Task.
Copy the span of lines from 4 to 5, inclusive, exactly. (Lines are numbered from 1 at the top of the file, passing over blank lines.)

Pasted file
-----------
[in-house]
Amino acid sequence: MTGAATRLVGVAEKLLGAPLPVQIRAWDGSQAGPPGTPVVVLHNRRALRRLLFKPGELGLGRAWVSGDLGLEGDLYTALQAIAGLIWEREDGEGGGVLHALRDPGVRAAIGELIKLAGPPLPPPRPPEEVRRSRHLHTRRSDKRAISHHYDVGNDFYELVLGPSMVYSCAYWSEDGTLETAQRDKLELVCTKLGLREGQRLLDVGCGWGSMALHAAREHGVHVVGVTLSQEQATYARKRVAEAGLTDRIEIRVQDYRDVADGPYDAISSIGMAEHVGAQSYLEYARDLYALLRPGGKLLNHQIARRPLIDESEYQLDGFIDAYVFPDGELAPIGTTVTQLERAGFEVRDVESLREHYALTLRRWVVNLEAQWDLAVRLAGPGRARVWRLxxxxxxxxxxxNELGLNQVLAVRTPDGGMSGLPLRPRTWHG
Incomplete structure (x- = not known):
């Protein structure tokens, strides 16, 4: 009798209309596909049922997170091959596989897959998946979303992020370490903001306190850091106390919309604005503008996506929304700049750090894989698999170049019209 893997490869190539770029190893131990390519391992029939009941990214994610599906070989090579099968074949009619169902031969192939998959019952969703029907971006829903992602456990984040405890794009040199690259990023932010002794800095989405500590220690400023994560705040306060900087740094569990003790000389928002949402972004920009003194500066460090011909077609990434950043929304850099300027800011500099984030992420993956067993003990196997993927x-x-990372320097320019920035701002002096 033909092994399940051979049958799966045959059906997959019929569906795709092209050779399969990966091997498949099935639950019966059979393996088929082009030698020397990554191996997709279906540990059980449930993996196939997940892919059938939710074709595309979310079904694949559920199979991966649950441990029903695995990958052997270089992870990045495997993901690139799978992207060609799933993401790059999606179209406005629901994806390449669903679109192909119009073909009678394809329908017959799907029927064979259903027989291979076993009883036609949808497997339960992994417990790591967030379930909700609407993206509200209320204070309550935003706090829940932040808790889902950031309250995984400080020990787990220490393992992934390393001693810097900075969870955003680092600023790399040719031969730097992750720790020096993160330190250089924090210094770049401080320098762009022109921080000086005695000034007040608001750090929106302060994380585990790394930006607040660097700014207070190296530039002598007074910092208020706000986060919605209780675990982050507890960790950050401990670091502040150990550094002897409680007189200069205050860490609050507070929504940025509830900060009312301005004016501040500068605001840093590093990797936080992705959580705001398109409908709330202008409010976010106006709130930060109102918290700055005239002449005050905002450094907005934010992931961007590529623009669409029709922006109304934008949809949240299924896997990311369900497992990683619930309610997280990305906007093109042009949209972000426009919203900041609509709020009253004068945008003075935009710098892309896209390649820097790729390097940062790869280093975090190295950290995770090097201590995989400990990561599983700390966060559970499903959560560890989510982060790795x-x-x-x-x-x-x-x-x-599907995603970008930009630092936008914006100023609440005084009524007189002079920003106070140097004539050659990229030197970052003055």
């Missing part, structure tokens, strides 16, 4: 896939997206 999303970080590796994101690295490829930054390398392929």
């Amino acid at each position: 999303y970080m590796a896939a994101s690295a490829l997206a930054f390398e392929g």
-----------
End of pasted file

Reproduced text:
């Protein structure tokens, strides 16, 4: 009798209309596909049922997170091959596989897959998946979303992020370490903001306190850091106390919309604005503008996506929304700049750090894989698999170049019209 893997490869190539770029190893131990390519391992029939009941990214994610599906070989090579099968074949009619169902031969192939998959019952969703029907971006829903992602456990984040405890794009040199690259990023932010002794800095989405500590220690400023994560705040306060900087740094569990003790000389928002949402972004920009003194500066460090011909077609990434950043929304850099300027800011500099984030992420993956067993003990196997993927x-x-990372320097320019920035701002002096 033909092994399940051979049958799966045959059906997959019929569906795709092209050779399969990966091997498949099935639950019966059979393996088929082009030698020397990554191996997709279906540990059980449930993996196939997940892919059938939710074709595309979310079904694949559920199979991966649950441990029903695995990958052997270089992870990045495997993901690139799978992207060609799933993401790059999606179209406005629901994806390449669903679109192909119009073909009678394809329908017959799907029927064979259903027989291979076993009883036609949808497997339960992994417990790591967030379930909700609407993206509200209320204070309550935003706090829940932040808790889902950031309250995984400080020990787990220490393992992934390393001693810097900075969870955003680092600023790399040719031969730097992750720790020096993160330190250089924090210094770049401080320098762009022109921080000086005695000034007040608001750090929106302060994380585990790394930006607040660097700014207070190296530039002598007074910092208020706000986060919605209780675990982050507890960790950050401990670091502040150990550094002897409680007189200069205050860490609050507070929504940025509830900060009312301005004016501040500068605001840093590093990797936080992705959580705001398109409908709330202008409010976010106006709130930060109102918290700055005239002449005050905002450094907005934010992931961007590529623009669409029709922006109304934008949809949240299924896997990311369900497992990683619930309610997280990305906007093109042009949209972000426009919203900041609509709020009253004068945008003075935009710098892309896209390649820097790729390097940062790869280093975090190295950290995770090097201590995989400990990561599983700390966060559970499903959560560890989510982060790795x-x-x-x-x-x-x-x-x-599907995603970008930009630092936008914006100023609440005084009524007189002079920003106070140097004539050659990229030197970052003055």
């Missing part, structure tokens, strides 16, 4: 896939997206 999303970080590796994101690295490829930054390398392929």